The tall lacy plants are German Chamomile.  The plants next to them are Holyhocks.  The plants in the back are Zinnias.  The Zinnias are small yet so the lid is going back on that jug for a couple more weeks.  I am going to leave the other two jugs open and in the tote to "harden" for another week before I transplant them in the garden.  

I have learned several things.  This is a really easy and successful way to start seedlings.  Next year I won't mess around with allowing the dog access and replanting!  Also, next year I will plant a lot more jugs! 

Monday, March 30, 2015

Plants in a jug.

One of the food and gardening blogs I follow is "A garden for the house" written by Kevin Lee Jacobs.  This winter (Feb), he blogged about starting seeds in milk jugs.  He has apparently been starting seeds in this manner for several years.  

I was interested.  Especially interested since I am a total failure at starting seeds indoors
The obvious savings when starting our own seeds is enough to keep me optimistic that I may one day accomplish that crop of hardy baby plants to set out in our garden.  

Kevin starts hardy early spring plants in January and February.  More tender perennials are started now and brought inside if there is a threat of frost.  I hope you will go to his blog and see the planting schedule etc...
I am trying to start Holly Hocks, Lavender, German Chamomile, and Zinnias.

This is what I am doing.....  
I started with four clean milk jugs.  You won't need the lids so throw them away.  Be sure to label each jug with a permanent marker.  Next I cut the tops nearly off.  I left the piece under the handle intact to make a 'hinge".  I used an ice pick to punch drainage holes in the bottom and lower sides of the jugs.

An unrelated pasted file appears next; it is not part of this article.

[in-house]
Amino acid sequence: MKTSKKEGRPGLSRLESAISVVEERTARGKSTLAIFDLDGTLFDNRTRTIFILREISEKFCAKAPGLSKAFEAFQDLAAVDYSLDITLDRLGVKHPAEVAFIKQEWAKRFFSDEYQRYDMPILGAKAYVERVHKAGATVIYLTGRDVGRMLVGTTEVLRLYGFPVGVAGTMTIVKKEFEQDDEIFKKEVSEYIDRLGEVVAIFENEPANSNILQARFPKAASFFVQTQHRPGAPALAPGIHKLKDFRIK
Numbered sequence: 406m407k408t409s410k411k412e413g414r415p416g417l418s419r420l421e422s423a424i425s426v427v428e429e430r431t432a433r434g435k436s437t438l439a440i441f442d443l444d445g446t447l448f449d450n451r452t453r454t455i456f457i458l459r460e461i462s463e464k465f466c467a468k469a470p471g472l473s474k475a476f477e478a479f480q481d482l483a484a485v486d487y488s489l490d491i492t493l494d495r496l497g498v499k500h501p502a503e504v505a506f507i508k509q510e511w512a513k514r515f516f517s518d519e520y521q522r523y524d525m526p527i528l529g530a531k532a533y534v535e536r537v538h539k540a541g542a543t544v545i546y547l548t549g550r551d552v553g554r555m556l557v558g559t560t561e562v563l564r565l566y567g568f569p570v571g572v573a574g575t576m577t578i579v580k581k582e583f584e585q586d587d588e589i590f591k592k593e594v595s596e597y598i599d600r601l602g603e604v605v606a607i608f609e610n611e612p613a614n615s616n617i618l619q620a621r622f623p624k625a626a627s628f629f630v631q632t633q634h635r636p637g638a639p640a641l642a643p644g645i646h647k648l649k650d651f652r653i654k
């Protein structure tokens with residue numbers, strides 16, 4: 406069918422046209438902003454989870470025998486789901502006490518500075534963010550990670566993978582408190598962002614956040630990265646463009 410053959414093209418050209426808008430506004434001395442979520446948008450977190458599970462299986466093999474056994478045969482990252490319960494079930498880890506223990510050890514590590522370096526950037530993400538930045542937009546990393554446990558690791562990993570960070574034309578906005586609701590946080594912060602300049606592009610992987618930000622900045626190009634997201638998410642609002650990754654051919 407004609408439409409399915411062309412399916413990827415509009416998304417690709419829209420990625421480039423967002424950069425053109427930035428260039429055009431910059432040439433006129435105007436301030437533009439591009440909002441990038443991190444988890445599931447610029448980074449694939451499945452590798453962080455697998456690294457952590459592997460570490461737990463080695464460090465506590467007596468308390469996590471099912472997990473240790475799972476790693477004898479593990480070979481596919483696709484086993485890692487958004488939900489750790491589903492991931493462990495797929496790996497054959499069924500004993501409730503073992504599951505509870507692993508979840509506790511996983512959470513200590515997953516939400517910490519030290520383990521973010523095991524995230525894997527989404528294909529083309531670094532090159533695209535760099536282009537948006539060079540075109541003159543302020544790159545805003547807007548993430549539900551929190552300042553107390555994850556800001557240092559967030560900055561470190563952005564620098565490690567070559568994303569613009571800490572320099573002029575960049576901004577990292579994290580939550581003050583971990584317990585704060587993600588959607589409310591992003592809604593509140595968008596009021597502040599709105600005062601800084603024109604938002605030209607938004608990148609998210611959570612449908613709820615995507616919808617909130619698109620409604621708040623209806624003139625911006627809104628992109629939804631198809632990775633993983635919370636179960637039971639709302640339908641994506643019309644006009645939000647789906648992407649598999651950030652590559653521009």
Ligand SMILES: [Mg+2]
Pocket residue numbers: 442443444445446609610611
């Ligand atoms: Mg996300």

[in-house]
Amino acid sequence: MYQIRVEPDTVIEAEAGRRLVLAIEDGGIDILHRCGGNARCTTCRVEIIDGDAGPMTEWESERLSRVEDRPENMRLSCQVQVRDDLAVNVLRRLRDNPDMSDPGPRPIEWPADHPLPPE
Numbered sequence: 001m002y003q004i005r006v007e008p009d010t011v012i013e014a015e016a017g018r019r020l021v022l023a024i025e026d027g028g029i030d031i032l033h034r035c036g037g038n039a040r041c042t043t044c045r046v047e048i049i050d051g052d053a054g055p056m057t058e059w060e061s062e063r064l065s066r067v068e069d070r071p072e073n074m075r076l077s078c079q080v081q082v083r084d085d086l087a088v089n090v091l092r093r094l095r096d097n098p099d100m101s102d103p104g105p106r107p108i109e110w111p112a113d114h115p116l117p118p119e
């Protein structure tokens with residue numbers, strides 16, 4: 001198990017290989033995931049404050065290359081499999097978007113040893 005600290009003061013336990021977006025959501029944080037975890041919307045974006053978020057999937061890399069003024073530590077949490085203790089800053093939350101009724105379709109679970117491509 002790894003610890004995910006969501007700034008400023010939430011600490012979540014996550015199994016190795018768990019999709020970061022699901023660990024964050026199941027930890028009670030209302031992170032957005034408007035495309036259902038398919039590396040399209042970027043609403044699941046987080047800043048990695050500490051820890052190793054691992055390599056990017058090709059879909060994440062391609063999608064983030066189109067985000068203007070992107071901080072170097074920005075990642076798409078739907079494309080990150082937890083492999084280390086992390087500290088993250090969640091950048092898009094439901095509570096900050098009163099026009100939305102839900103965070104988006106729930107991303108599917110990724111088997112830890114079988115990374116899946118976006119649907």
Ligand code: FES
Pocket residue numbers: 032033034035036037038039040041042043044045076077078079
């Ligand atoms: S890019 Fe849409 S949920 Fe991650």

I bought a $6 bag of seed planting soil at the nursery.  This soil is lighter and is a better bed for small seeds.

I filled my milk jugs about 1/3 full of soil and sprinkled in a generous amount of seeds and stirred the soil a bit.  Next, I sprinkled in water until the soil was good and moist.  I pulled the tops down and secured them with duct tape.  I first put them all in a protected area of the patio.  The next morning, Mark brought on of the jugs in.  It had blown to the north end of the yard.  The other three had scattered around the patio.  Plan B was to put them back out on the patio only this time, I put them tightly in this clear tote.  I caught a glimpse of Liberty running around the yard tossing a milk jug!  Plan C is working ..... I put the tote on a table.  I am down to three jugs.

Now I wait.  You will be getting the update in a few weeks.  Let"s hope for the best!

Monday, February 23, 2015

To prune ..... or not to prune?

A little pruning can create a beautifully shaped tree.
If you have the itch to get outside and work in the yard a bit ..... This blog is for you!  Admittedly, there is not much going on out there, in fact, we have had snow on the ground a big share of February?  

February's gardening activity is Pruning.  Pick a nice mild day.  Grab your loppers and pruning shears and get busy.  Deciduous trees can be pruned about any time of year but the time they are dormant works best.  There is less stress involved when pruning is done while they are "resting".  Also, their structures can be seen better without leaves.  

I try to keep our young trees shaped up ..... cross over limbs pruned off and main leader limbs left strong.   I keep our full grown trees trimmed up high enough that I can zip around under them on my mower.  When it comes to reshaping these large trees, I call a professional :-)

Spring flowering trees bloom on old wood so should be pruned AFTER they bloom.  Summer flowering trees bloom on new wood so can be trimmed during the winter dormant period.

While you are out there pruning away ..... This is also a great time to prune those shrubs. Some of our's have grown bigger than the space they are in so they will get a hard prune before they "wake-up"!   Our dwarf burning bush has grown to over six foot tall and six feet wide.  This project may involve a chainsaw!